White privilege in action

So, I was about to put this into quick hits, but it’s really too good and too important to be possibly missed (under what is shaping up to be a slew of quick hits this weekend).

Matt Zoller Seitz relates the tale of what happens when you beat up a drunk Hispanic guy on the street, but you happen to be a middle class white guy.  Not really surprising, but quite disturbing nonetheless.  You really need to read all of it for the full impact, but here’s a good snippet:

We cursed at each other for a while, puffing up our chests and barking threats, and then he poked me in the chest with his index finger.  I knew the second he did it that he didn’t actually mean to touch me, that he was probably just jabbing at me for emphasis and misjudged the distance between us, because it wasn’t a hard impact and the contact seemed to surprise him, too. But I hit him in the face anyway. He stumbled backward, turned around in an attempt to regain his balance, tripped and fell face down on the sidewalk. I jumped on his back and put my forearm around his neck and locked it, to keep him from getting up again. It was a chokehold.

I don’t know how long I was down there, but it was long enough for the owner of the deli to call the cops. A squad car pulled up sometime later. Two patrolmen got out and pulled me off the guy and tossed me on the sidewalk. Then one of them ran over and put his knee on my back, but did not cuff me—a detail that didn’t register until the cop got off me and allowed me to stand again, and I looked over and saw that the other guy was face down on the pavement, cuffed.

Both cops were white.

The cop on me asked for my driver’s license, looked at it, looked at me, and said, “Tell me what happened.” I told the cop what happened, exactly as I described it above, including the personal details about why I’d been agitated and drunk, which under the circumstances probably weren’t germane.

When I finished he said, “Would you like to press charges?” …

“It doesn’t matter if he meant to touch you, he hit you first,” he said. He was talking to me warmly and patiently, as you might explain things to a child. Wisdom was being imparted.

“You were in fear of your life,” he added.

By now the adrenaline fog seemed to be lifting. I was seeing things in a more clinical way. The violence I had inflicted on this man was disproportionate to the “assault,” and the tone of this exchange with the cop felt conspiratorial.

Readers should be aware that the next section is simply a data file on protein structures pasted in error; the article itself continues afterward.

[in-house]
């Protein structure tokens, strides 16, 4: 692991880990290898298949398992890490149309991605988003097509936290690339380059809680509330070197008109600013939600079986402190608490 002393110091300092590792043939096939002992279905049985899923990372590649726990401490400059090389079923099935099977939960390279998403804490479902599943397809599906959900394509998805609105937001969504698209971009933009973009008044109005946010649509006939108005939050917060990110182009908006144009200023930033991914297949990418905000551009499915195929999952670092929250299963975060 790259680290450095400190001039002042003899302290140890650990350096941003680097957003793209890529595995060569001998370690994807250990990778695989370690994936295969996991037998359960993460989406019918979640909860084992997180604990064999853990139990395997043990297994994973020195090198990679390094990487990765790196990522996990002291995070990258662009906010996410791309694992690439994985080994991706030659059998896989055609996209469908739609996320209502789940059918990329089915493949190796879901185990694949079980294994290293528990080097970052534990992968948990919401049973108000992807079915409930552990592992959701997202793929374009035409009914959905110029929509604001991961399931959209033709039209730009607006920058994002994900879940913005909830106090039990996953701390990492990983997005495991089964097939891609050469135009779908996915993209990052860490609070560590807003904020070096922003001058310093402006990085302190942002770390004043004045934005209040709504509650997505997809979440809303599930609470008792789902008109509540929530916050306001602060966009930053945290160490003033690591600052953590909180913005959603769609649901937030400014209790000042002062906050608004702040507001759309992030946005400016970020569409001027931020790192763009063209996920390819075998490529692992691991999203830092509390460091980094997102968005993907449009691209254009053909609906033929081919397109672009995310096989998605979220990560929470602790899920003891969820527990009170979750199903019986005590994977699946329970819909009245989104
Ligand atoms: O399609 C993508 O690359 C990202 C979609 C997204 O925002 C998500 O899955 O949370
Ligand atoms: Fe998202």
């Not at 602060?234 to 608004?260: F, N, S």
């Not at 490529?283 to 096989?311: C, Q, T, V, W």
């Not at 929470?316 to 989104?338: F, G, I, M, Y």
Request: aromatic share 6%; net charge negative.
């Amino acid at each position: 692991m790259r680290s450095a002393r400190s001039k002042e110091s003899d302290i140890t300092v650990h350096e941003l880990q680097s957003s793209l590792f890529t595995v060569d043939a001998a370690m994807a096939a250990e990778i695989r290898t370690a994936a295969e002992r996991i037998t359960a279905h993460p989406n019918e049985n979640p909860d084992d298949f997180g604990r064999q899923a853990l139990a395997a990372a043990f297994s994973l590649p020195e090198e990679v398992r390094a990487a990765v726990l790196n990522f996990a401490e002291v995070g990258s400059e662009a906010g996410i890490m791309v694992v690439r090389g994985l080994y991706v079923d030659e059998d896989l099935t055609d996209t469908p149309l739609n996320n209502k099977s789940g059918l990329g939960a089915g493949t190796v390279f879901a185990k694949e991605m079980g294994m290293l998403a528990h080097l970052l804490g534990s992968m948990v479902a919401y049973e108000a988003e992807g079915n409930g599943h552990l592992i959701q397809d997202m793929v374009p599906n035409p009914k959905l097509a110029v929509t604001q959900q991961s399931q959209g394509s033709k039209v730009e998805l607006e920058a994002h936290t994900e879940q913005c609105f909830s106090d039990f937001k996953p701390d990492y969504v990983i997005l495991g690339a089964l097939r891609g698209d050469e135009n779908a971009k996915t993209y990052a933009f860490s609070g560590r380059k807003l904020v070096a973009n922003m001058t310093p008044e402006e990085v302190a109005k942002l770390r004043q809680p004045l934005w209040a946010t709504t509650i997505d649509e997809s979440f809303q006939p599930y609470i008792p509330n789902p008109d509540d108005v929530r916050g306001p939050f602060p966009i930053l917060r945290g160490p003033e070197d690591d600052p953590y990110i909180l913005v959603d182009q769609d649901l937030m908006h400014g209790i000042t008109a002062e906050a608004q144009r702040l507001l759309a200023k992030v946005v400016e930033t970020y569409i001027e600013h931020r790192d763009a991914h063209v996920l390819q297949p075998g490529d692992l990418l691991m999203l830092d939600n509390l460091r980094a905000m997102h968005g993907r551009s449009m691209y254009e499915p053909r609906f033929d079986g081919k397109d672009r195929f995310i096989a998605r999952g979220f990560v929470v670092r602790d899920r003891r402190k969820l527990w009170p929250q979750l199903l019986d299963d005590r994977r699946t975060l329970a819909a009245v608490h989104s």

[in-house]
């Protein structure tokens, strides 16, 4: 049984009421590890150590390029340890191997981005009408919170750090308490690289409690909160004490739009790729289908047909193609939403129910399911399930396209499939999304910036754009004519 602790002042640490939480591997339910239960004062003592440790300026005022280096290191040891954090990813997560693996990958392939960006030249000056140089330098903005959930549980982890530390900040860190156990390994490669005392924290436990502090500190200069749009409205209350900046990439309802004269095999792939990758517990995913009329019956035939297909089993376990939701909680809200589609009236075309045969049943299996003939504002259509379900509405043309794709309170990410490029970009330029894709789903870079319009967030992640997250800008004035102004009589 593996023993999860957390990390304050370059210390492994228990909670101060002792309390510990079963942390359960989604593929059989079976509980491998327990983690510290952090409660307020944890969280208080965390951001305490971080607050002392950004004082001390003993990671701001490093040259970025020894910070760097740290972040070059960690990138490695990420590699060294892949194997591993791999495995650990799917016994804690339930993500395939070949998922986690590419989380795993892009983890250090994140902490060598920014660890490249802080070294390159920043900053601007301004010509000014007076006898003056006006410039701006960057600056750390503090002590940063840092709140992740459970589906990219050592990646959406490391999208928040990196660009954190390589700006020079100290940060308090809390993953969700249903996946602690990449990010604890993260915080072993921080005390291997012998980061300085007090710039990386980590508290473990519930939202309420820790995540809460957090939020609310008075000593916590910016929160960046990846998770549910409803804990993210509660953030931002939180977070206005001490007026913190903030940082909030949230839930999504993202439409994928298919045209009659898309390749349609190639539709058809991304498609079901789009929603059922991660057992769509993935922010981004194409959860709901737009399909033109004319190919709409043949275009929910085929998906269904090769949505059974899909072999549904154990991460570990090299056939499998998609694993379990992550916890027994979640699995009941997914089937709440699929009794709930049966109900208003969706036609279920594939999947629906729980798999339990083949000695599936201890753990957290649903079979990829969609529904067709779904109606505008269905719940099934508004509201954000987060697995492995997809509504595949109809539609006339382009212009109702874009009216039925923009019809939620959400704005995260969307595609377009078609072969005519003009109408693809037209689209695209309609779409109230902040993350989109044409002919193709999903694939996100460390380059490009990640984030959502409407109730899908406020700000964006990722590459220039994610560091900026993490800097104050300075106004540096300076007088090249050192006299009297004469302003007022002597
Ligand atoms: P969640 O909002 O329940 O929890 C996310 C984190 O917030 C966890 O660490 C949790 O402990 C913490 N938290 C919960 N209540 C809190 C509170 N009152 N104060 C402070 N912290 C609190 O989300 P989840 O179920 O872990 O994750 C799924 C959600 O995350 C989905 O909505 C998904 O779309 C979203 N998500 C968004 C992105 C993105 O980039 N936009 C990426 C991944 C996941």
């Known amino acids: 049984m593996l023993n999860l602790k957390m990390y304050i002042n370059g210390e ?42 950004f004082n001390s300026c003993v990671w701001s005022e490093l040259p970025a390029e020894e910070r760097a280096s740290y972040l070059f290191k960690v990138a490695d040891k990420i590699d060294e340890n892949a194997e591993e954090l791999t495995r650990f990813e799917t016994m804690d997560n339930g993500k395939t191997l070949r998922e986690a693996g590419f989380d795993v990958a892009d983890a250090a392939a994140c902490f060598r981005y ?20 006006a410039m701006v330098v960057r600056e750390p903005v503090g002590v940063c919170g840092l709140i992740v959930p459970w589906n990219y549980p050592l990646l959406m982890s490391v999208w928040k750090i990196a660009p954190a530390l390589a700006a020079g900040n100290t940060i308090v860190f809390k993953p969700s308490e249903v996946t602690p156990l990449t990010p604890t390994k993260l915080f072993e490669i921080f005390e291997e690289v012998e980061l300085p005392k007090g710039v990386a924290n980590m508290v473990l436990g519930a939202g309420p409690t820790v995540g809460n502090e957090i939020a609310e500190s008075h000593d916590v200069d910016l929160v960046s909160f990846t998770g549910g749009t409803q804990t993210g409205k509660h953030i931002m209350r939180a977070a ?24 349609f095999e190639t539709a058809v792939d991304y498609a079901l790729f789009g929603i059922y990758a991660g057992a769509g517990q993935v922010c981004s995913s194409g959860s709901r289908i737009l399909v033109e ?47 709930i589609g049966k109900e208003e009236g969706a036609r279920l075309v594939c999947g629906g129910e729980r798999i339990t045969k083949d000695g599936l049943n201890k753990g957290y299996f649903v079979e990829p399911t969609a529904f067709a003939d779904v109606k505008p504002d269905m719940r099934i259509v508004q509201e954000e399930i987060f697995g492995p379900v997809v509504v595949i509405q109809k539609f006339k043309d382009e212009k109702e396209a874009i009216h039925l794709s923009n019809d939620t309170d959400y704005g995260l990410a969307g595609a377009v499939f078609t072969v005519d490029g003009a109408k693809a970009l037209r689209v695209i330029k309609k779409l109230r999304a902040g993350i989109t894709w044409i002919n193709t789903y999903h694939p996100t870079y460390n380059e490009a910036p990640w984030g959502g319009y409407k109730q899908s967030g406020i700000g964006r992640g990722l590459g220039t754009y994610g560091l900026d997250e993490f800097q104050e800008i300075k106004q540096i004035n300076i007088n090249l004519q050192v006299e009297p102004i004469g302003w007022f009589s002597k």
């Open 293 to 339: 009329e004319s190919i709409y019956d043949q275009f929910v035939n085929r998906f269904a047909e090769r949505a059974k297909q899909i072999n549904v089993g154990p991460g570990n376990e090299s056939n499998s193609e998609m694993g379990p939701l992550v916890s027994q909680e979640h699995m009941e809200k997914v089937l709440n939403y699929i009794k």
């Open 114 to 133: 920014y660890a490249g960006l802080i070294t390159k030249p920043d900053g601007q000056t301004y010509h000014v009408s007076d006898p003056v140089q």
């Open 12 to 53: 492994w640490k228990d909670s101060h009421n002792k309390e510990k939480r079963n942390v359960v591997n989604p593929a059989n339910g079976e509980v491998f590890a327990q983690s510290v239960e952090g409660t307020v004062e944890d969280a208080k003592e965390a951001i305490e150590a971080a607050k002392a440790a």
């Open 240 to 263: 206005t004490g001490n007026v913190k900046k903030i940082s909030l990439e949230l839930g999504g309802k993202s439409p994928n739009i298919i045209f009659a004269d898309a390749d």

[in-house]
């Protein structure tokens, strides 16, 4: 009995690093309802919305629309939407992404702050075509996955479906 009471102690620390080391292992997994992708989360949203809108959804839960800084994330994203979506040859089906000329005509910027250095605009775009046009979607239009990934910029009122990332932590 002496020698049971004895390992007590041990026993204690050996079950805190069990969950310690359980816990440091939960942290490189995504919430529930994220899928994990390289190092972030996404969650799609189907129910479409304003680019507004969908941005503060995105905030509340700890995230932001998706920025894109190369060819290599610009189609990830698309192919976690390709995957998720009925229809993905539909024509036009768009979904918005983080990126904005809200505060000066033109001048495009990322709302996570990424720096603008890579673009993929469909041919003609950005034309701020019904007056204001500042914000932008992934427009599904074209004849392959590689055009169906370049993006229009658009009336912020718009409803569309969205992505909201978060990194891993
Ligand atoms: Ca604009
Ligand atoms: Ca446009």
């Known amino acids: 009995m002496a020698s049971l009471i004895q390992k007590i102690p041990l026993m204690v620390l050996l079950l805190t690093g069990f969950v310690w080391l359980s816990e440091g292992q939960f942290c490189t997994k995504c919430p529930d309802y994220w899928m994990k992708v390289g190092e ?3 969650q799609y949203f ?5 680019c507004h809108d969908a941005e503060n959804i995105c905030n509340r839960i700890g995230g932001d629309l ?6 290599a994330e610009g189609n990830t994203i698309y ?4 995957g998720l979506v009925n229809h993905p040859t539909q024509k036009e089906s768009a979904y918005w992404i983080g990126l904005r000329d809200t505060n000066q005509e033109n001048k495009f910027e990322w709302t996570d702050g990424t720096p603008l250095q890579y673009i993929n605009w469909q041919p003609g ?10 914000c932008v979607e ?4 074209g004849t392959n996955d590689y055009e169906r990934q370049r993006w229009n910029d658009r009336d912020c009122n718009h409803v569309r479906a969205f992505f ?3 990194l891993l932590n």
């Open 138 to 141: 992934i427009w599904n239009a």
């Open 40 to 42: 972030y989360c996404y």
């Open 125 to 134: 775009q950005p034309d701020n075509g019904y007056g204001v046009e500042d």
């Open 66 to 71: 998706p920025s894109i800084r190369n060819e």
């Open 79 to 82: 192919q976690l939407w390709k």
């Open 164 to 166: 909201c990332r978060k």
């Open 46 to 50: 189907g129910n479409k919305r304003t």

And then it dawned on me, Mr. Slow-on-the-Uptake, what was really happening: this officer was helping me Get My Story Straight.

Understanding, at long last.

I also need to mention that while this conversation was taking place, not ten feet away the other guy was face down on the pavement, handcuffed—even though when the squad car arrived, anybody who’d looked at our situation purely in terms of physical action, without the explanations I proffered afterward, would have concluded that I was the menace.

So tired of hearing Fox News and friends and all sorts of privileged white males claim that society is past racism and that, if anything, it is the poor misbegotten white male who is suffering “reverse racism.”   For the most part, white male privilege is simply pretty invisible if you are white male.  You have to pay attention unless it is made blatantly obvious– such as you assaulting a Hispanic male.  And is also absurd to chalk concern with the issue up to “white guilt.”  It’s about the fact that this is a significant problem in our society and everybody should damn well want to do something about it.  Shame on those who benefit and simply pretend it doesn’t exist.

 

Advertisements

Photo of the day

From the Telegraph’s Animal photos of the week:

This group of horses found themselves stranded on a tiny island of land after the River Dulnain in Inverness-shire, Scotland burst its banks. The four animals were spotted perched on their small hump of grass surrounded by water by local photographer Mark Hamblin. According to Mark the horses were left stranded all day but appeared perfectly content as they cropped the grass on their small island. And, as the water levels gradually decreased and their grassy sanctuary grew larger, the horses were given access to even more food. As the water levels were dropping, and the horses were not in immediate danger, the decision was made not to launch a rescue mission but to wait until the horses were able to make their own way to freedom.